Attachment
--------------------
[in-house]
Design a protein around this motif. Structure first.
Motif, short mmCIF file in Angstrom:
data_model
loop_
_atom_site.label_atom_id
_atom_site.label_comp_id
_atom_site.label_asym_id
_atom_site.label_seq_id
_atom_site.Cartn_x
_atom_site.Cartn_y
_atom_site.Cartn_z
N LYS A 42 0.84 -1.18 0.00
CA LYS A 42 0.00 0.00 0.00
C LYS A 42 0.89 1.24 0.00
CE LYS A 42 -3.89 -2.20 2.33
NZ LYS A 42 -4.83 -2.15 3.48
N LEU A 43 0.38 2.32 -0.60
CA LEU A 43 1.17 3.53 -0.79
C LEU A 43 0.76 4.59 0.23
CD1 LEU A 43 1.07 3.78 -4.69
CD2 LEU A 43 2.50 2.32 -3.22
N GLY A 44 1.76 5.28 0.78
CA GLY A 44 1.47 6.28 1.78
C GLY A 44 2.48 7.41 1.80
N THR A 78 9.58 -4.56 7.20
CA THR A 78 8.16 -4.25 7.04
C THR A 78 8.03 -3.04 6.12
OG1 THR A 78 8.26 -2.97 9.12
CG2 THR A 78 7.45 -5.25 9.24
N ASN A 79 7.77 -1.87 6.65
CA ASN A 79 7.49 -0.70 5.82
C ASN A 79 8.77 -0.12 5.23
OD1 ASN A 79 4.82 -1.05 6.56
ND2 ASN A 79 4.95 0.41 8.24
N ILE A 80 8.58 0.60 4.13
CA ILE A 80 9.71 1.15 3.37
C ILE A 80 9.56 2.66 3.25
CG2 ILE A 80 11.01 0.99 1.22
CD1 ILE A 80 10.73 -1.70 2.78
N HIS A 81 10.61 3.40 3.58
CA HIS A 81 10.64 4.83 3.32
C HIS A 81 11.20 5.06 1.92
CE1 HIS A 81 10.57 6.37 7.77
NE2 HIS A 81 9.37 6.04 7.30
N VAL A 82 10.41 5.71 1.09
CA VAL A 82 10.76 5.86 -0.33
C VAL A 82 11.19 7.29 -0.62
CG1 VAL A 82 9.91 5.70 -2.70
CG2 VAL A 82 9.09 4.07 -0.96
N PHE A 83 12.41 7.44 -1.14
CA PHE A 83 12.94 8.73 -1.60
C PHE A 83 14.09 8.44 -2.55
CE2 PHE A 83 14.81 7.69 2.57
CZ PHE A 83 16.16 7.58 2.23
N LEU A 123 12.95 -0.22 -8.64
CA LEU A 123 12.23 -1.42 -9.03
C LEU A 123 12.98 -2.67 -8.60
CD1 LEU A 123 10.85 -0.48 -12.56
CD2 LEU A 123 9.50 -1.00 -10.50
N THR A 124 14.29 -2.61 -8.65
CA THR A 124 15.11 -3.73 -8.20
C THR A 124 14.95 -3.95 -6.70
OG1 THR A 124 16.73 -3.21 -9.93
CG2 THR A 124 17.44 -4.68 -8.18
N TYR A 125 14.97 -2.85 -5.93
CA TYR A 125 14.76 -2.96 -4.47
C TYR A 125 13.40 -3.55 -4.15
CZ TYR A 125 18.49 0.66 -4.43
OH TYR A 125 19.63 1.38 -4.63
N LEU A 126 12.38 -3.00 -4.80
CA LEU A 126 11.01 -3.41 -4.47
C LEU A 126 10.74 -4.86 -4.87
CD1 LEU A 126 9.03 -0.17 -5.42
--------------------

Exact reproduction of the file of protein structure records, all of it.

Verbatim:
[in-house]
Design a protein around this motif. Structure first.
Motif, short mmCIF file in Angstrom:
data_model
loop_
_atom_site.label_atom_id
_atom_site.label_comp_id
_atom_site.label_asym_id
_atom_site.label_seq_id
_atom_site.Cartn_x
_atom_site.Cartn_y
_atom_site.Cartn_z
N LYS A 42 0.84 -1.18 0.00
CA LYS A 42 0.00 0.00 0.00
C LYS A 42 0.89 1.24 0.00
CE LYS A 42 -3.89 -2.20 2.33
NZ LYS A 42 -4.83 -2.15 3.48
N LEU A 43 0.38 2.32 -0.60
CA LEU A 43 1.17 3.53 -0.79
C LEU A 43 0.76 4.59 0.23
CD1 LEU A 43 1.07 3.78 -4.69
CD2 LEU A 43 2.50 2.32 -3.22
N GLY A 44 1.76 5.28 0.78
CA GLY A 44 1.47 6.28 1.78
C GLY A 44 2.48 7.41 1.80
N THR A 78 9.58 -4.56 7.20
CA THR A 78 8.16 -4.25 7.04
C THR A 78 8.03 -3.04 6.12
OG1 THR A 78 8.26 -2.97 9.12
CG2 THR A 78 7.45 -5.25 9.24
N ASN A 79 7.77 -1.87 6.65
CA ASN A 79 7.49 -0.70 5.82
C ASN A 79 8.77 -0.12 5.23
OD1 ASN A 79 4.82 -1.05 6.56
ND2 ASN A 79 4.95 0.41 8.24
N ILE A 80 8.58 0.60 4.13
CA ILE A 80 9.71 1.15 3.37
C ILE A 80 9.56 2.66 3.25
CG2 ILE A 80 11.01 0.99 1.22
CD1 ILE A 80 10.73 -1.70 2.78
N HIS A 81 10.61 3.40 3.58
CA HIS A 81 10.64 4.83 3.32
C HIS A 81 11.20 5.06 1.92
CE1 HIS A 81 10.57 6.37 7.77
NE2 HIS A 81 9.37 6.04 7.30
N VAL A 82 10.41 5.71 1.09
CA VAL A 82 10.76 5.86 -0.33
C VAL A 82 11.19 7.29 -0.62
CG1 VAL A 82 9.91 5.70 -2.70
CG2 VAL A 82 9.09 4.07 -0.96
N PHE A 83 12.41 7.44 -1.14
CA PHE A 83 12.94 8.73 -1.60
C PHE A 83 14.09 8.44 -2.55
CE2 PHE A 83 14.81 7.69 2.57
CZ PHE A 83 16.16 7.58 2.23
N LEU A 123 12.95 -0.22 -8.64
CA LEU A 123 12.23 -1.42 -9.03
C LEU A 123 12.98 -2.67 -8.60
CD1 LEU A 123 10.85 -0.48 -12.56
CD2 LEU A 123 9.50 -1.00 -10.50
N THR A 124 14.29 -2.61 -8.65
CA THR A 124 15.11 -3.73 -8.20
C THR A 124 14.95 -3.95 -6.70
OG1 THR A 124 16.73 -3.21 -9.93
CG2 THR A 124 17.44 -4.68 -8.18
N TYR A 125 14.97 -2.85 -5.93
CA TYR A 125 14.76 -2.96 -4.47
C TYR A 125 13.40 -3.55 -4.15
CZ TYR A 125 18.49 0.66 -4.43
OH TYR A 125 19.63 1.38 -4.63
N LEU A 126 12.38 -3.00 -4.80
CA LEU A 126 11.01 -3.41 -4.47
C LEU A 126 10.74 -4.86 -4.87
CD1 LEU A 126 9.03 -0.17 -5.42